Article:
ANALYSIS: The great e-waste exorcism experiment
The launch of a washable keyboard is the latest sign that electronic equipment manufacturers are looking to stretch their producer responsibility obligations out towards the conceptual end of product design.
Logitech’s latest marvel, which comes equipped with multiple drainage holes, may be subliminally aimed at ‘dirty typists’ but actually, it sends out a great waste prevention message – one of product durability.
Globally, e-waste is now one of the fastest-growing sectors by volume within the waste industry and brand leaders are coming under increasing pressure to not just demonstrate end-of-life accountability for the products they produce, but to build in more ecological thought at the design stage.
Last month recommendations were submitted to the Government to introduce individual producer responsibility (IPR) in the UK through an incentive scheme. This would entice manufacturers to design electrical and electronic goods that are not just easier to reuse or recycle, but that last longer as well.
The timing of IPR could be perfect as legislative preparations begin for the WEEE Directive recast due to come into force next year. It’s a move HP’s UK&I environmental manager Bruno Zago would welcome – he feels the opportunities created by IPR could be huge as by getting own-brand products back, producers can start to close the loop on their manufacturing and supply processes.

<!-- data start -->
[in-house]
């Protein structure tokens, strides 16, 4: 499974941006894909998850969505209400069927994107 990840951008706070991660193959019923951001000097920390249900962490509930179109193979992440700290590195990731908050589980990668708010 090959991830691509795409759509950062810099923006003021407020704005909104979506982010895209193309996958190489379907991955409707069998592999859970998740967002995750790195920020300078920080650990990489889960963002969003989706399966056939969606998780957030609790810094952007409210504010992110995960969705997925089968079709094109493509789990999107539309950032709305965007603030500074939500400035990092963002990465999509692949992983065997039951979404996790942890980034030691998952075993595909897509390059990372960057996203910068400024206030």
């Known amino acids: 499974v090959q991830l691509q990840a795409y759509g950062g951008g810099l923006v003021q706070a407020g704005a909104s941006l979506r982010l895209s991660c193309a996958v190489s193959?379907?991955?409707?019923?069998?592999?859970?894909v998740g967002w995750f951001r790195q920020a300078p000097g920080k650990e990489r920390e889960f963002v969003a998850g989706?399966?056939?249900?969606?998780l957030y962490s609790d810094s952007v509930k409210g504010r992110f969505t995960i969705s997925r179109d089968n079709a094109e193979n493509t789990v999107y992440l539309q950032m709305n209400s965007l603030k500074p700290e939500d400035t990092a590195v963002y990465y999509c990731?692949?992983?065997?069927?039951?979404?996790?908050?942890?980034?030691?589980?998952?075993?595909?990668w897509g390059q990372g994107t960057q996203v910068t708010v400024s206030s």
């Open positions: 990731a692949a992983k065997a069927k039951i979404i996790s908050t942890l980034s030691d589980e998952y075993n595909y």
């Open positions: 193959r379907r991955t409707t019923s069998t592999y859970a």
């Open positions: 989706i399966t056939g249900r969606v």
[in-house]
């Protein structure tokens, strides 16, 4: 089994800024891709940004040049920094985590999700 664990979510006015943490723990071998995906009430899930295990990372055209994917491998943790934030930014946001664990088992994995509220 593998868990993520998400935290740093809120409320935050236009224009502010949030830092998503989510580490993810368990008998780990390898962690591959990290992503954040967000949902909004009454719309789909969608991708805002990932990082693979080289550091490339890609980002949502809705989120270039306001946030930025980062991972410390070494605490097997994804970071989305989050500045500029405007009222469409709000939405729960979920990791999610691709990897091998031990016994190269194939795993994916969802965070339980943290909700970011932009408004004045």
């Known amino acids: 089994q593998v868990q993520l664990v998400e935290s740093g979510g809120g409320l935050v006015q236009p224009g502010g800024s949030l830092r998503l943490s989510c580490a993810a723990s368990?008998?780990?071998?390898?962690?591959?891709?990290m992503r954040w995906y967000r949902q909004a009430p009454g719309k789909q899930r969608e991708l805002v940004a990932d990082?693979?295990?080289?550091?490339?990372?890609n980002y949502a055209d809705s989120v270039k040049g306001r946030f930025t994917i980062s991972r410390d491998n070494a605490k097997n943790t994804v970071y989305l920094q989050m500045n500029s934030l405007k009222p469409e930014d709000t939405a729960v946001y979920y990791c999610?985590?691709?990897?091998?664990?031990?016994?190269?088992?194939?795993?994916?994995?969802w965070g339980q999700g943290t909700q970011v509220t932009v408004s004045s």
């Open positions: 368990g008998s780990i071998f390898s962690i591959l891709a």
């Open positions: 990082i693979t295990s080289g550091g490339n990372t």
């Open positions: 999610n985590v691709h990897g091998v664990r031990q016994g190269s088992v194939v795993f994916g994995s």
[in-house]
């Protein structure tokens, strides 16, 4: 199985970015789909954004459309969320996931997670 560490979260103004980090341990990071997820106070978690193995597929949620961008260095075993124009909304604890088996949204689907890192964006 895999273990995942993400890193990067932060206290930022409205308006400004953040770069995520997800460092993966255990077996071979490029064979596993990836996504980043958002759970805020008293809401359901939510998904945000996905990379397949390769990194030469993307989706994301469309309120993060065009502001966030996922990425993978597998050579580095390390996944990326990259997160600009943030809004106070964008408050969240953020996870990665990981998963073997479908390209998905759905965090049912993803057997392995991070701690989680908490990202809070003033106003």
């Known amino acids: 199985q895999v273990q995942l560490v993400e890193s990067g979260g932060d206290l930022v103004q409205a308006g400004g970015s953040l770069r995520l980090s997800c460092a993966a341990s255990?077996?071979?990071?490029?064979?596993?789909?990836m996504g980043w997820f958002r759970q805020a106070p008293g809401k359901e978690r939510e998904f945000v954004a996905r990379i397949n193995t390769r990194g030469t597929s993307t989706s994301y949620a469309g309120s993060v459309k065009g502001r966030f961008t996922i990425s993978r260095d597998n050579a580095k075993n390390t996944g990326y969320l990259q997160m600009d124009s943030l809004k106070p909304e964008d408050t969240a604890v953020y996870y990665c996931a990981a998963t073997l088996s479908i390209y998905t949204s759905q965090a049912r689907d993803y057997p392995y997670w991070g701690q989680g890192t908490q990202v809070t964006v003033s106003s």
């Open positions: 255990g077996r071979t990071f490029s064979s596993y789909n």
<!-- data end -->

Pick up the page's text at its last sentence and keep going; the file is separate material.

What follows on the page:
Zago points to a range of IPR systems in place across the world. These include a ‘return share’ scheme which involves calculating producer responsibility based on the share of each producer’s products returning from the market.
“This encourages producers to design products that last longer and penalises producers who put ‘throw away’ electronic goods on the market,” he told edie.
Likewise in France a ‘bonus malus’ system operates whereby a product’s recycling fee is determined according to how well designed it is, with more durable goods attracting a smaller charge.
And as product durability becomes a valued performance indicator for brand reputation, so does material optimisation. It’s where the most exciting designer thinking is happening right now.
Eco-designer Mark Shayler heads up his own consultancy Tickety Boo and argues that manufacturers don’t just need to design products that last longer, but that can be delivered as a service.
“We need to redesign many business models so that businesses can still make money from things that last longer. I work with companies on eco-design and the benefits are massive,” he told edie.
According to Shayler, this lifecycle thinking – building in design that reduces impacts on raw materials, manufacture, distribution, use and disposal – is essential if we are to develop better products.
“I help my clients with this kind of challenge,” he said. “As part of the process that I use with them we talk about great products and we list the attributes they like about those products – 90% of them use words like reliability, durability, built-to-last, upgradable, quality and dependable.”
Sony has neatly cottoned onto this theme with its Wandular concept which paints a future scenario whereby consumers express brand loyalty through their emotional attachment to a single-use gadget or device that would evolve with them over a lifetime.
Engage by Design’s founder Rodrigo Bautisa who was instrumental in leading the project told edie that it was about connecting with products in a more meaningful way.
“We need to make things that have a longer life. For this, they need to be multi-functional, modular, beautiful and personalised,” he observed.
Taking producer responsibility to such heights is clearly demonstrating business model innovation. It has already become a powerful brand name differentiator. The trick for companies going forward is how to make it financially viable in the long-term.
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